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An upcoming river trip can stir feelings of exhilaration and anticipation. Whether you’re an experienced paddler or a novice to the sport, planning is key to enhancing your experience while ensuring safety for everyone involved.
Let’s delve into the vital steps for your next successful river trip planning.
Tapping into Expert Knowledge: Guides and Guidebooks
One of the first steps in planning your river trip should be consulting with fellow boaters or scouting the internet for guidebooks related to your chosen destination. There is a multitude of local publications often favored by kayak and canoe clubs, providing insider knowledge about the best spots to paddle.
If you’re less experienced or want to ensure you’re in good hands, hiring a professional river guide or opting for a trip offered by a qualified outfitter is another smart move.
Mapping Your Way: Topo Maps and GPS
Acquiring topographic maps, or ‘topo maps,’ of your chosen river is a crucial part of preparation. The United States Geological Survey (USGS) offers these for purchase, both in traditional paper formats and digitally.
An innovative product from the USGS is the GeoPDF, a geo-registered scan of topo maps that adds spatial data, helping you visualize your route even better.
Though electronic GPS devices are handy, learning to navigate using a topo map and compass is a fail-safe strategy. Keep in mind that batteries can run out, and electronic devices can malfunction, making paper maps a reliable backup.
Stream Flow and River Gauges
River trips hinge on one crucial factor: the water flow. Hydrologists measure this at fixed points along waterways in cubic meters or cubic feet per second. Understanding these measurements is key, as the character and feasibility of running a river depend largely on its water flow. In the U.S., the National Weather Service forecasts river flow, and the USGS operates gauging sites, offering real-time data online.
An example is a gauge located on the Stikine River near Wrangell, Alaska.
Navigating the Waves: Understanding the International Scale of Difficulty
River classifications can vary with seasonal and daily changes in water flow but can be a useful starting point in planning. This classification scale, provided by American Whitewater, gives you an idea of what to expect, with a caveat to add a degree of difficulty for water under 10°C (50°F).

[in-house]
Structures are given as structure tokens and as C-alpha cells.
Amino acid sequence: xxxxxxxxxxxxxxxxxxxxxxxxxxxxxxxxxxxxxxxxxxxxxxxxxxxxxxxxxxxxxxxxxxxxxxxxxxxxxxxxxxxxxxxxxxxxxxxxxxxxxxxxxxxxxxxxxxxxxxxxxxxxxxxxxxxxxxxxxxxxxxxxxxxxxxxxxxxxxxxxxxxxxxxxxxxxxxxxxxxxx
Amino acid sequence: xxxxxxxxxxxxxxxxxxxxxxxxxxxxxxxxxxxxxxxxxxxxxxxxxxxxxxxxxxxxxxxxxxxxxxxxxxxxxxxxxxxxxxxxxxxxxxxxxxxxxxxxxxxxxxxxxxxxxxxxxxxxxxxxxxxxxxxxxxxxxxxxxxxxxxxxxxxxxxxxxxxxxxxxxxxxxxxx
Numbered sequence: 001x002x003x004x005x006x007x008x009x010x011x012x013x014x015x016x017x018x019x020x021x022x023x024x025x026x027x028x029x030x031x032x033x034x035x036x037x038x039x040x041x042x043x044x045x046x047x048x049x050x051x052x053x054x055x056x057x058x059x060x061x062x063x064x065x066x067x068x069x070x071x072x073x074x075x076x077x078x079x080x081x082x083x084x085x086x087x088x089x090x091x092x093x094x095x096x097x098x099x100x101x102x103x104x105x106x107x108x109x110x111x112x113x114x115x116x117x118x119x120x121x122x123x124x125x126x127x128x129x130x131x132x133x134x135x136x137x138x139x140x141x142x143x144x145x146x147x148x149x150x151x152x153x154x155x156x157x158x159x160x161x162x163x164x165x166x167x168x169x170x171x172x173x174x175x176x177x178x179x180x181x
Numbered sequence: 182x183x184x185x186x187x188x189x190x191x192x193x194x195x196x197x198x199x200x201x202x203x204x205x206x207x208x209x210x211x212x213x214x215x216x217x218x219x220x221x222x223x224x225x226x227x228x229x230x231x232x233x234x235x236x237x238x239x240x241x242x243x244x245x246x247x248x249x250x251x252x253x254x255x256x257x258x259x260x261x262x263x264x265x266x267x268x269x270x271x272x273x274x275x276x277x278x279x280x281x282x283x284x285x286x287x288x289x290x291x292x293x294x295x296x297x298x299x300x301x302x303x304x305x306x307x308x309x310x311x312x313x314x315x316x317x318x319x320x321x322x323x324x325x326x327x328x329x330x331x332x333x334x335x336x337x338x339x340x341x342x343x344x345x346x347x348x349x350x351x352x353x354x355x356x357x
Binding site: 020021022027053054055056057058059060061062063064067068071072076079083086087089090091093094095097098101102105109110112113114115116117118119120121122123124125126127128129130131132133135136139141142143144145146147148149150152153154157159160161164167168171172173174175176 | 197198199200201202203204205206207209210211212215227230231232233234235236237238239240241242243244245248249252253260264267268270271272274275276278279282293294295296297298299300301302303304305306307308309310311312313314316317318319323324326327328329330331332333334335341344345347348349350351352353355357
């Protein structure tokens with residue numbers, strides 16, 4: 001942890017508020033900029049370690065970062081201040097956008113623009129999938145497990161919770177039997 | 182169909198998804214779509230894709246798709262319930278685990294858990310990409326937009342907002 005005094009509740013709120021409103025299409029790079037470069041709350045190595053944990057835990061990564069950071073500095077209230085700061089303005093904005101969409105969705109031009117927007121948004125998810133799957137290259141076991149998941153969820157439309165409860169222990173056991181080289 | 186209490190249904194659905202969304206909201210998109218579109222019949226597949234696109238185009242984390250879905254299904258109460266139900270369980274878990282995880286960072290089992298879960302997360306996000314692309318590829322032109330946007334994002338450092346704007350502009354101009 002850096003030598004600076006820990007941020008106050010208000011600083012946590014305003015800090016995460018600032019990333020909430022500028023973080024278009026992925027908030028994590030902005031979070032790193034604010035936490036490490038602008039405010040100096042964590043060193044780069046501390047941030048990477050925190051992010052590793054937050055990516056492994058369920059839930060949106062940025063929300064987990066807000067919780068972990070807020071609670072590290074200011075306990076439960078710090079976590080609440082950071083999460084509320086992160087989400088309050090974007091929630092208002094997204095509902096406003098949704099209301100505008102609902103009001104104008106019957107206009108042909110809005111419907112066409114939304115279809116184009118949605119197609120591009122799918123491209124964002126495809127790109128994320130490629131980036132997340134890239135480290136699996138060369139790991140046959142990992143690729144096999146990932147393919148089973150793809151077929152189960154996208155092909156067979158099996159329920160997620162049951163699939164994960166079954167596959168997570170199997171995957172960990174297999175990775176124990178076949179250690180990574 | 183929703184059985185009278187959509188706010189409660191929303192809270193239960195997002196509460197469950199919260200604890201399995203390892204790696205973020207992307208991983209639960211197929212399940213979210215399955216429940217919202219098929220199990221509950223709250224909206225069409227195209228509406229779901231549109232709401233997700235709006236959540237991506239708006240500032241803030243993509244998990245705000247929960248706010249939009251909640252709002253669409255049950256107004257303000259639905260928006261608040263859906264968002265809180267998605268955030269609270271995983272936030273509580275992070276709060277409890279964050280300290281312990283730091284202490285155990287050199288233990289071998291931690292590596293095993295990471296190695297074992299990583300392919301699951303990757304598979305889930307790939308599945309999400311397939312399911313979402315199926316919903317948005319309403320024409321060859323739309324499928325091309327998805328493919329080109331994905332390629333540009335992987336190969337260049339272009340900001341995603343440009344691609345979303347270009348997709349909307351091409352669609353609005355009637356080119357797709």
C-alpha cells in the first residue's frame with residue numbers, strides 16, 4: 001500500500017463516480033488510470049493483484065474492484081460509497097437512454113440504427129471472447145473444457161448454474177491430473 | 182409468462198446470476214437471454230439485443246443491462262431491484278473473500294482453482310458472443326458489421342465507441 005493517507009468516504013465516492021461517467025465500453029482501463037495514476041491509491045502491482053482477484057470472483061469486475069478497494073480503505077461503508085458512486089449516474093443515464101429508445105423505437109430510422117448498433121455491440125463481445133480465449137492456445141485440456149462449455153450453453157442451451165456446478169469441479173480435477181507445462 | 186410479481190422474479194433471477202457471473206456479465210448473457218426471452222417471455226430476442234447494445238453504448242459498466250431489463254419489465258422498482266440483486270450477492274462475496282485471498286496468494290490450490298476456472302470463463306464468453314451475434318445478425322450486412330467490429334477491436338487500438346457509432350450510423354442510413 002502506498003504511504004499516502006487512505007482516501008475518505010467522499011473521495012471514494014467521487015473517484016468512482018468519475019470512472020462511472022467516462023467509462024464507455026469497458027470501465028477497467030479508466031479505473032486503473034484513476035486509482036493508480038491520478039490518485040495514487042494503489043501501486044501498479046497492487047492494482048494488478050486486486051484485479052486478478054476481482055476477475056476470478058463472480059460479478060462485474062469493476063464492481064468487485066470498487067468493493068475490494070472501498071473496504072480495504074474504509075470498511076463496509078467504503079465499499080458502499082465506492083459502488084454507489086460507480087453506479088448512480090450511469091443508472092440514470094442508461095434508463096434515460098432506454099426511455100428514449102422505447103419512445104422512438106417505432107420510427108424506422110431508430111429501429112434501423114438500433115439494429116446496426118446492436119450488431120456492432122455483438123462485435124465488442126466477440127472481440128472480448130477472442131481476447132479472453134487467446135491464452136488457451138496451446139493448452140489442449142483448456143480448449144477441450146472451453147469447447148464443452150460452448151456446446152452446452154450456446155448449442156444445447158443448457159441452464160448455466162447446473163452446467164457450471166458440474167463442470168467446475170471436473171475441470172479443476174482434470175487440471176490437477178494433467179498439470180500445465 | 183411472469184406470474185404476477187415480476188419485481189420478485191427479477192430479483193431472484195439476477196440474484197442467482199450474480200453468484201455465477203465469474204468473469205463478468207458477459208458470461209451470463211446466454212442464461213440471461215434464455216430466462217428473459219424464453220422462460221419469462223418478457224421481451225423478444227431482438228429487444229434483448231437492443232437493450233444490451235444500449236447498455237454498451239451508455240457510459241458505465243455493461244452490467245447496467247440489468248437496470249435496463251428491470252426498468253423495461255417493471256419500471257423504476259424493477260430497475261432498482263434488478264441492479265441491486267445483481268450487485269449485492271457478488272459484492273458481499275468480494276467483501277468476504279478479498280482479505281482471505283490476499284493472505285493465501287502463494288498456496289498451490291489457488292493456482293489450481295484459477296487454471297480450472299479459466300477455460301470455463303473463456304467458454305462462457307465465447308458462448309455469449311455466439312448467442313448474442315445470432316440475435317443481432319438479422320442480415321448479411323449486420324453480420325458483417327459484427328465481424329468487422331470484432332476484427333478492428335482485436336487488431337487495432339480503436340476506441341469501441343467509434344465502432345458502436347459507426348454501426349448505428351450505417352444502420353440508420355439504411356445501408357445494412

Measuring Up: Assessing Group Member Skills
Once you have gathered information about your planned route, it’s essential to evaluate the skill levels of your group. A group is only as strong as its weakest member. Be honest in assessing the knowledge, skills, and abilities of each participant, matching them appropriately to river conditions.
Ready Access and Other Considerations
When choosing your destination, consider the ease of access to the area. Hard-to-reach locations require greater logistical efforts and can delay emergency services. Be sure to allow extra time for unexpected poor weather and respect the environment by adhering to ‘No Trace’ outdoor skills and packing out your trash.
Safeguarding the Journey: Float Plans and Trip Permits
Before setting off, it’s recommended to file a float plan with a reliable contact. A float plan includes your route and schedule information so that if you’re overdue, someone knows where to start looking. Regular check-ins can further speed up rescue efforts by narrowing the search area.
Additionally, some river trips require a permit from the agency overseeing the waterway, and your float plan will form a key component of this.
With careful planning and preparation, your canoe or kayak river trip can be both exciting and safe. Your journey isn’t just about the destination; it’s about enjoying every moment on the water while respecting nature’s forces. Happy paddling!